Boren appreciates that not everything should be tolerated.
Mahatma Gandhi claimed,
"Intolerance betrays want of faith in one's cause."
That's not necessarily true.
Whether or not it's true depends upon what one's cause is and what is not tolerated.
Boren: "Many people read To Kill A Mockingbird as the story of a Christ-figure who suffered unjust oppression because of his moral stand. But tolerance can go too far. The book is really about the ultimate failure of a good man to stand up to evil because he underestimated evil. If the church does the same, we have missed the point of To Kill A Mockingbird."
Not tolerating public scandal and sacrilege does not "betray want of faith in one's cause."
Tolerating public scandal and sacrilege betrays a lack of fidelity to one's faith.
"Certainly Atticus [Finch, the hero of To Kill a Mockingbird] shows impeccable character and courage as a lawyer.... Atticus passionately defended a case despite the moral opprobrium he knew he would garner....
"But the tolerance theme is not so straightforward. In the end, Atticus fails to do precisely what he teaches his children. After the trial of Tom Robinson, the evil Bob Ewell approaches Atticus, spits in his face, and tells the lawyer he’ll get him if it takes the rest of his life. Atticus dismisses Ewell as nothing to worry about. Even after Ewell threatens a defenseless widow and attempts to burglarize the judge’s house, Atticus still sees no threat. He ultimately fails to understand the danger posed to his children by a coward with a knife, a grudge, and a little alcohol. As a result, his children are nearly murdered. No one else is fooled by Ewell. The sheriff understands Ewell’s cowardly nature perfectly. The judge sits reading with a shotgun on his lap. With a few stinging threats, Mr. Dias runs Ewell off from threatening the widow. Even Aunt Alexandra, by no means the most prescient of characters, predicts that he will try to pay off his grudge. It is only Atticus, adrift in his world of unimpeachable lawyering, who fails to see Ewell for who he is, proclaiming in the novel’s denouement that he can’t conceive of a man who’d try to kill children. He should have seen it coming. Atticus’s attitude illustrates the limits of moral tolerance and the courage required to stand up to evil, demonstrated by Boo Radley."
The Roman Catholic Church has its Atticus's distributing Holy Communion to pro-abortion "Catholic" politicians like Nancy Pelosi instead of refusing them as required by canon law.
Canon 915 provides that "[t]hose... who obstinately persist in manifest grave sin, are not to be admitted to Holy Communion.'"
Canon 915 protects the Holy Eucharist and prevents the public scandal that would result from ineligible persons receiving Holy Communion.
As I wrote in an article posted at www.catholiconline.com on May 25, 2004:
"Bishops who are reluctant to embarrass prominent politicians need to recall that Jesus had no patience for those moneychangers in the Temple. Protecting the sanctity of the Temple was His paramount consideration then. The protection of the Holy Eucharist must be the bishops' paramount consideration today.
"Averting public scandal is vital. As St. Thomas Aquinas long ago explained, a distinction 'must be made' between secret and open sinners, and 'Holy Communion ought not to be given to open sinners when they ask for it.'"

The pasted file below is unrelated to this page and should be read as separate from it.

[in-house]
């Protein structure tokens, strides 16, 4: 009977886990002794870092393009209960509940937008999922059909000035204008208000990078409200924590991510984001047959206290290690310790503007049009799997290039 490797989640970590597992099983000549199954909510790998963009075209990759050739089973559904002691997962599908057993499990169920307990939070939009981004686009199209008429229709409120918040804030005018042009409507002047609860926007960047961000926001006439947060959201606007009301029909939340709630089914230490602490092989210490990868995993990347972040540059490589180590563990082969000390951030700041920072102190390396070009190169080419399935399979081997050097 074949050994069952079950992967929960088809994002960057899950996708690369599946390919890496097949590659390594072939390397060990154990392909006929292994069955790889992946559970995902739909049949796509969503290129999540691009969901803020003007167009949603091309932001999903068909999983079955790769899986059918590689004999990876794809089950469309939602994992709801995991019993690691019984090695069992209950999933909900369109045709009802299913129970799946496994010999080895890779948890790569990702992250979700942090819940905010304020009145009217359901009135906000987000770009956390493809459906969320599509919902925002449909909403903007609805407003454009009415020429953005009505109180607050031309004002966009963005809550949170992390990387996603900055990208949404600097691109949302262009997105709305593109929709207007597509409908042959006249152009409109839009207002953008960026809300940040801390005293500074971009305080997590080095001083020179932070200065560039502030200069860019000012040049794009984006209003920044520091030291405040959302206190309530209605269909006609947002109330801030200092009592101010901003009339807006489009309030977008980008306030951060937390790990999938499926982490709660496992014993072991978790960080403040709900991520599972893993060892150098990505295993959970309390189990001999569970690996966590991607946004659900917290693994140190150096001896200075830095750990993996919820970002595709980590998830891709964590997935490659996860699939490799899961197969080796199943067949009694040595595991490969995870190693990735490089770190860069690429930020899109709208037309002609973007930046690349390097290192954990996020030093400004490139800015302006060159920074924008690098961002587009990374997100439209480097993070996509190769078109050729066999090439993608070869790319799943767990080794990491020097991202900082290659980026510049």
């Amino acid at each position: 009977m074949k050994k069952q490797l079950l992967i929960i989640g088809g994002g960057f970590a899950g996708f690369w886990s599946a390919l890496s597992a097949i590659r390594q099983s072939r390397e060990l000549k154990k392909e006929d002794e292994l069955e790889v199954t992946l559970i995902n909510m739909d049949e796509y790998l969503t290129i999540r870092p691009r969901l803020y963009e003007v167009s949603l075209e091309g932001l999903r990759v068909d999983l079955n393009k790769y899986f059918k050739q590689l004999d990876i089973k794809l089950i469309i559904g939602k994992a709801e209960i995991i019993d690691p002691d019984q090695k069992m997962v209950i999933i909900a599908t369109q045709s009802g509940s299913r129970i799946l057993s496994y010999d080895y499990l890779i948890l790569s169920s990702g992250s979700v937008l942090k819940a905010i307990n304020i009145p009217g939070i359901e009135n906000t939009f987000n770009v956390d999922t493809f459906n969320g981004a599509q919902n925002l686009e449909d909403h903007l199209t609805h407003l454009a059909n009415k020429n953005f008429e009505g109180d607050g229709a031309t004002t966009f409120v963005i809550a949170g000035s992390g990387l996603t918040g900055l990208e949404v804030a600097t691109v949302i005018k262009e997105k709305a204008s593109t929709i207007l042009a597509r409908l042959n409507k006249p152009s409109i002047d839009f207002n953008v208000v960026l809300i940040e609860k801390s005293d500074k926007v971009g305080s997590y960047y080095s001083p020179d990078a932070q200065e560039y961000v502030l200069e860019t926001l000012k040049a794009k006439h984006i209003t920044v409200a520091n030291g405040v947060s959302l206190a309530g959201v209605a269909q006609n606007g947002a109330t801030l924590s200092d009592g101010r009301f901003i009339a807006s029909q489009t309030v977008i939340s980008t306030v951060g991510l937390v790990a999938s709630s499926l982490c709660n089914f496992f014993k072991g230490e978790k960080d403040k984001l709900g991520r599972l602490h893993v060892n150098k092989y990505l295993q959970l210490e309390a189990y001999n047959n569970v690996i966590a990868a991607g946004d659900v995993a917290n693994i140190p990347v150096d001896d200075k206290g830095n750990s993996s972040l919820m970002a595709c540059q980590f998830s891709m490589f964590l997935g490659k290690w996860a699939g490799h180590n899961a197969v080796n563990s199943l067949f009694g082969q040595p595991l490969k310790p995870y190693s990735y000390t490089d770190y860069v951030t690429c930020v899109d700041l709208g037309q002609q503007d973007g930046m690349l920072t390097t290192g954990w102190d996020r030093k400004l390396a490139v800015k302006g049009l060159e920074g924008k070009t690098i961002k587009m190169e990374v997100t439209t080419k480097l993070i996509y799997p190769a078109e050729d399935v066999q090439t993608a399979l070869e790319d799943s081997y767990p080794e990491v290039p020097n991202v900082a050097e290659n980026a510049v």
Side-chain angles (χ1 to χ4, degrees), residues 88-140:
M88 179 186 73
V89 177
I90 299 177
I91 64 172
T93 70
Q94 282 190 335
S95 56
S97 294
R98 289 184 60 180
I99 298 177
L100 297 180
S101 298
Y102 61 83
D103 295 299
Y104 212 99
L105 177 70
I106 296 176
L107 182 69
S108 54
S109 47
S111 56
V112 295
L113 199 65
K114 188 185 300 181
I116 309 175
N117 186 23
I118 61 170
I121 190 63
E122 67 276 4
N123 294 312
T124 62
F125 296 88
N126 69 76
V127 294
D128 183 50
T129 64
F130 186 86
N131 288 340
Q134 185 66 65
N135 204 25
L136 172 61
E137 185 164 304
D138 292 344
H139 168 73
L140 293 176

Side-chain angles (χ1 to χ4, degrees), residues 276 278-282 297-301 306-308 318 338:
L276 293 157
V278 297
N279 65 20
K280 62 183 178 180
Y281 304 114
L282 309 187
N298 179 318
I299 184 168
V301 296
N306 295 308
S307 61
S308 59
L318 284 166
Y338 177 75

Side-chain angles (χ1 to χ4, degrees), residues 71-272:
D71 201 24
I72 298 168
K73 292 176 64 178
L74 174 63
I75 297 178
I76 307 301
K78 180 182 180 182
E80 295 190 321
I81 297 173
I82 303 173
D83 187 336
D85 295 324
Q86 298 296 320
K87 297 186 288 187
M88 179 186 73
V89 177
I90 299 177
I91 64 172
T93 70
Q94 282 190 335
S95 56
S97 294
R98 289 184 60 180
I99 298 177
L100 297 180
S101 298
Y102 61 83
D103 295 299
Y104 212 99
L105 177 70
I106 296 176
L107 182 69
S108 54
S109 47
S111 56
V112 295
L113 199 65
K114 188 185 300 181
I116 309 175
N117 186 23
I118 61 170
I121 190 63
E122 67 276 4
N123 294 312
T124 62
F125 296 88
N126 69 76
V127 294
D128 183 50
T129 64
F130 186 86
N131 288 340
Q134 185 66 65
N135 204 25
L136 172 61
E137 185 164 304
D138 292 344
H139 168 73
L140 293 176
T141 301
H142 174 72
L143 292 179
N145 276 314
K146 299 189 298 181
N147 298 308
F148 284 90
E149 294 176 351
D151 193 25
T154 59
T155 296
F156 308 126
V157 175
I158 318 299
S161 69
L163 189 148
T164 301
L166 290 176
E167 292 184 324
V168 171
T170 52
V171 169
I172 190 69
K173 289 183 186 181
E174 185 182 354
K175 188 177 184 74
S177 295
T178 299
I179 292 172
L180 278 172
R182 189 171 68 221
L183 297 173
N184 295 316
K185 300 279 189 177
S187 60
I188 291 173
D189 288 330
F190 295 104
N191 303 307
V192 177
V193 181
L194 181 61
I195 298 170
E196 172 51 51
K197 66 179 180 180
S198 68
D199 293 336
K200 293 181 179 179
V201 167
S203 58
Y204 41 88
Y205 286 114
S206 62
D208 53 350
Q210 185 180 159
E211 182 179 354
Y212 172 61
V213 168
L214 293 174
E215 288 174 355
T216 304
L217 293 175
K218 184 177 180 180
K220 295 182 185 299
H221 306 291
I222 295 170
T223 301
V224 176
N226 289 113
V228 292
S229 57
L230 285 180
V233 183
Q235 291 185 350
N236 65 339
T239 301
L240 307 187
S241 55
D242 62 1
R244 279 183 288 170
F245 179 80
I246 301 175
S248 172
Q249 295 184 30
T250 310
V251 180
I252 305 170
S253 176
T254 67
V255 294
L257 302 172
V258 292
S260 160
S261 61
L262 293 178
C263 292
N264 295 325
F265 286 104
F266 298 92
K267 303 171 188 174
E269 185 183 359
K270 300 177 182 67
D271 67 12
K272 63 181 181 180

Tolerating the intolerable is a vice, not a virtue.
Michael J. Gaynor has been practicing law in New York since 1973. A former partner at Fulton, Duncombe & Rowe and Gaynor & Bass, he is a solo practitioner admitted to practice in New York state and federal courts and an Association of the Bar of the City of New York member.
Gaynor graduated magna cum laude, with Honors in Social Science, from Hofstra University's New College, and received his J.D. degree from St. John's Law School, where he won the American Jurisprudence Award in Evidence and served as an editor of the Law Review and the St. Thomas More Institute for Legal Research. He wrote on the Pentagon Papers case for the Review and obscenity law for The Catholic Lawyer and edited the Law Review's commentary on significant developments in New York law.
The day after graduating, Gaynor joined the Fulton firm, where he focused on litigation and corporate law. In 1997 Gaynor and Emily Bass formed Gaynor & Bass and then conducted a general legal practice, emphasizing litigation, and represented corporations, individuals and a New York City labor union. Notably, Gaynor & Bass prevailed in the Second Circuit in a seminal copyright infringement case, Tasini v. New York Times, against newspaper and magazine publishers and Lexis-Nexis. The U.S. Supreme Court affirmed, 7 to 2, holding that the copyrights of freelance writers had been infringed when their work was put online without permission or compensation.
Gaynor currently contributes regularly to www.MichNews.com, www.RenewAmerica.com, www.WebCommentary.com, www.PostChronicle.com and www.therealitycheck.org and has contributed to many other websites. He has written extensively on political and religious issues, notably the Terry Schiavo case, the Duke "no rape" case, ACORN and canon law, and appeared as a guest on television and radio. He was acknowledged in Until Proven Innocent, by Stuart Taylor and KC Johnson, and Culture of Corruption, by Michelle Malkin. He appeared on "Your World With Cavuto" to promote an eBay boycott that he initiated and "The World Over With Raymond Arroyo" (EWTN) to discuss the legal implications of the Schiavo case. On October 22, 2008, Gaynor was the first to report that The New York Times had killed an Obama/ACORN expose on which a Times reporter had been working with ACORN whistleblower Anita MonCrief.